In 1941 the estate was sold to the City of Norwalk and was designated a public park. The building was saved from demolition in 1950 by local preservationists and the Lockwood Mathews Museum was formed. The mansion is believed to be haunted with strange occurrences happening such as strange globules and unusual mists being seen.
Winchester House, California
Sarah became a very rich heiress following her husbands death, she inherited 20 million dollars, a 48.9 percent of The Winchester Repeating Arms Company, and an income of about $1000 a day. (Her husband and company were responsible for creating the Winchester rifle)
Sarah continued to grieve following his and 15 years previous her baby daughters death, after seeing a medium who told her the deaths were due to spirits seeking revenge for the rifle weapon William and his company had created and that she would be next, she also told her to move and start a new life and when she found her home to keep on building and never stop, if she did as she was told, she would not die.
In 1844 she sold her home and moved to start her new life. At San Jose California Dr Caldwell was building his home; Sarah brought this along with 126 acres of land. For the next 36 years the craftsmen Sarah had chosen built, rebuilt, altered, changed, constructed, and demolished one section after another. They worked 24 hours a day and everyday of the year. They had no master plan they would just build what Sarah had asked for and if something did not go right they would start again.
The house just continued to grow even after a hurricane in 1906 destroyed the top three floors of the then seven storey building they just kept on building. ( it is four stories high) Staircases were put in that led nowhere, doors which opened onto blank walls, one door opened to reveal a steep drop to the lawn below outside, 47 fireplaces were added, chimneys were built that served no purpose and many of the bathrooms had glass doors on them.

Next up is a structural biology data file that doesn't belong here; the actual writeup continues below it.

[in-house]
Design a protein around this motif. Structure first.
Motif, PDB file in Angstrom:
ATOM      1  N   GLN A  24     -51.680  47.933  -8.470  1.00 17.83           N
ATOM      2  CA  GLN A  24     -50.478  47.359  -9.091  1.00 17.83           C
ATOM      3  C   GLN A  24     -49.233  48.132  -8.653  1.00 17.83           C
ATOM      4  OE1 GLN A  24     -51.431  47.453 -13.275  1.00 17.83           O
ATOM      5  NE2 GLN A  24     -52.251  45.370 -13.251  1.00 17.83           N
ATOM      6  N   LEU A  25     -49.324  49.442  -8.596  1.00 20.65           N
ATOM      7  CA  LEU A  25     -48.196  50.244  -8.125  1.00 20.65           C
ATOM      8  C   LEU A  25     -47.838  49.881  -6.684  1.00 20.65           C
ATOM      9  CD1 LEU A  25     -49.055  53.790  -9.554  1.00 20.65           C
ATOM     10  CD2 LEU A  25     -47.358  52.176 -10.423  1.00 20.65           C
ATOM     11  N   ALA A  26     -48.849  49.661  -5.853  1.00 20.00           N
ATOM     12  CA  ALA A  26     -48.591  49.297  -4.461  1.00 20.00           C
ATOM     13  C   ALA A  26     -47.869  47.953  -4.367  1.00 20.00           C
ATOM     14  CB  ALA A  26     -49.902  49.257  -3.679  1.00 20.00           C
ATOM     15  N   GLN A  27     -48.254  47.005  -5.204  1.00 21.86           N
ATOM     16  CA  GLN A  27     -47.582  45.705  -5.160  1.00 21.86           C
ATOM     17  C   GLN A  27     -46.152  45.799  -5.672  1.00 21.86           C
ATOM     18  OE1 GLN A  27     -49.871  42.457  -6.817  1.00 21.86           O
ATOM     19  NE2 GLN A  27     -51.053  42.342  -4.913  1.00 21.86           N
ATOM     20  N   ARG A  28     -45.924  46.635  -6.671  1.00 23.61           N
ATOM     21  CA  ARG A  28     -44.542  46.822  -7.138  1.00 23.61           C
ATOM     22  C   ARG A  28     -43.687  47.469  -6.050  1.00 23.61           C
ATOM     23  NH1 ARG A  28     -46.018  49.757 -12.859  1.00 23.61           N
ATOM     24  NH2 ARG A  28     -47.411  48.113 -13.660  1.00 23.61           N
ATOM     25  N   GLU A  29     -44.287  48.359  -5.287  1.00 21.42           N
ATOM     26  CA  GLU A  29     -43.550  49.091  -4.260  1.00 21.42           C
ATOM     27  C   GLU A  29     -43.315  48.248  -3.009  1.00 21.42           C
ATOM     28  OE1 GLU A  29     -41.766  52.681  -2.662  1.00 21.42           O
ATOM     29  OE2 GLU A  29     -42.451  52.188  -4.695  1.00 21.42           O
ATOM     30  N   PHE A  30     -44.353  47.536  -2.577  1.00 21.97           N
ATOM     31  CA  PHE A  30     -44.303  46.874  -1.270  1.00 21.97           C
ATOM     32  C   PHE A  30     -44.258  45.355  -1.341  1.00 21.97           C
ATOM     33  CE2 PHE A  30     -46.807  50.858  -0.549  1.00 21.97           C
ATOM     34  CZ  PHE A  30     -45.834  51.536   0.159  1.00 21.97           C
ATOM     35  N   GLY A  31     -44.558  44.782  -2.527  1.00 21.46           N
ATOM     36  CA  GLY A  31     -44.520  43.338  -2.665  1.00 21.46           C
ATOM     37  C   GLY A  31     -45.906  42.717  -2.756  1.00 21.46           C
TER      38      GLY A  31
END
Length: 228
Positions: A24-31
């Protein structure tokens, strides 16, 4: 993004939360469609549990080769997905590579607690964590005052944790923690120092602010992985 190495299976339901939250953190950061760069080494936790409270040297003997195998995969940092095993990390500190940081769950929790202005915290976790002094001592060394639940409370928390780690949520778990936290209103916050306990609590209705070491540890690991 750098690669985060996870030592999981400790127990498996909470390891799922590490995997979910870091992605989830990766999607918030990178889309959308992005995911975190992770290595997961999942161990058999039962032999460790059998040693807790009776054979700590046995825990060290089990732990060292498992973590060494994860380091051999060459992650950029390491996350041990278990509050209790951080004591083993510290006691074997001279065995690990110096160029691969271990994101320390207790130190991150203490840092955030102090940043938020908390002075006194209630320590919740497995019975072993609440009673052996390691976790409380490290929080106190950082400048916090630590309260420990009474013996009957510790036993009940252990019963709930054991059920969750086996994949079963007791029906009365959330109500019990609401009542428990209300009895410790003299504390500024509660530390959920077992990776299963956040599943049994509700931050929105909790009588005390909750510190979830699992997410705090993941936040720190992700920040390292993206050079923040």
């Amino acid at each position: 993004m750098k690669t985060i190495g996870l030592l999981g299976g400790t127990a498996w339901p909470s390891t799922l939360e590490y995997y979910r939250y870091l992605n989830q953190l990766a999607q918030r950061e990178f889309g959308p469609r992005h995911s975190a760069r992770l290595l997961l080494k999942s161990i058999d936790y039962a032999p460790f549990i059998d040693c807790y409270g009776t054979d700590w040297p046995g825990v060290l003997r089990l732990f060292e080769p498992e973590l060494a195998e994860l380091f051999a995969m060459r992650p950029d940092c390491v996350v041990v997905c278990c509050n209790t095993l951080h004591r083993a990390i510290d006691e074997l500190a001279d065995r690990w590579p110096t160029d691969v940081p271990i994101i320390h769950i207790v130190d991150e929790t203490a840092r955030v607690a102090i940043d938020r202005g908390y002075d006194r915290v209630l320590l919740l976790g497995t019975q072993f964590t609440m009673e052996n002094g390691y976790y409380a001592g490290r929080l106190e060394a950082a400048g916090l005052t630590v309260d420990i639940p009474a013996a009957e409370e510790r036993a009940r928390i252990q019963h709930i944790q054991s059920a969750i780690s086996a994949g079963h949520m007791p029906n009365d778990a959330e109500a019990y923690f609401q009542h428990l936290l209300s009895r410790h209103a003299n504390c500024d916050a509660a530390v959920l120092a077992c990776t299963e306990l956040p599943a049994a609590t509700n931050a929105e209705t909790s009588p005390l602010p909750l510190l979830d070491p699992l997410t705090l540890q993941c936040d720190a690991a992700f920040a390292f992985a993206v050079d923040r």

While all this seemed strange to other to Sarah it made perfect sense it would confuse and discourage the bad spirits that came to the house for evil purposes. She even had a séance room where she would talk to the spirits to figure out what to do next.
After one such séance in 1922 Sarah went to bed and died in her sleep at the age of 83. She left everything to her niece Francis Marriot who helped her with her finances for some time. Everything was removed from the house and sold to a group of investors who opened it up as a tourist attraction.
Today it has been declared as a California Historical Landmark and is registered with the National Park Service as a large odd dwelling with an unknown number of rooms, this is due to the fact that on numerous occasions and over different years people have tried to count the amount of rooms but the building is that confusing, a different number is counted each time. It is thought to contain about 160 rooms.
Winchester House is known to be one of the largest and most haunted houses, there is said to be many ghosts that roam in the maze of the house including Sarah herself, footsteps are heard as well as loud bangs and voices, strange lights are seen, and windows bang by themselves sometimes so hard that the glass shatters.
Givens Castle, Chicago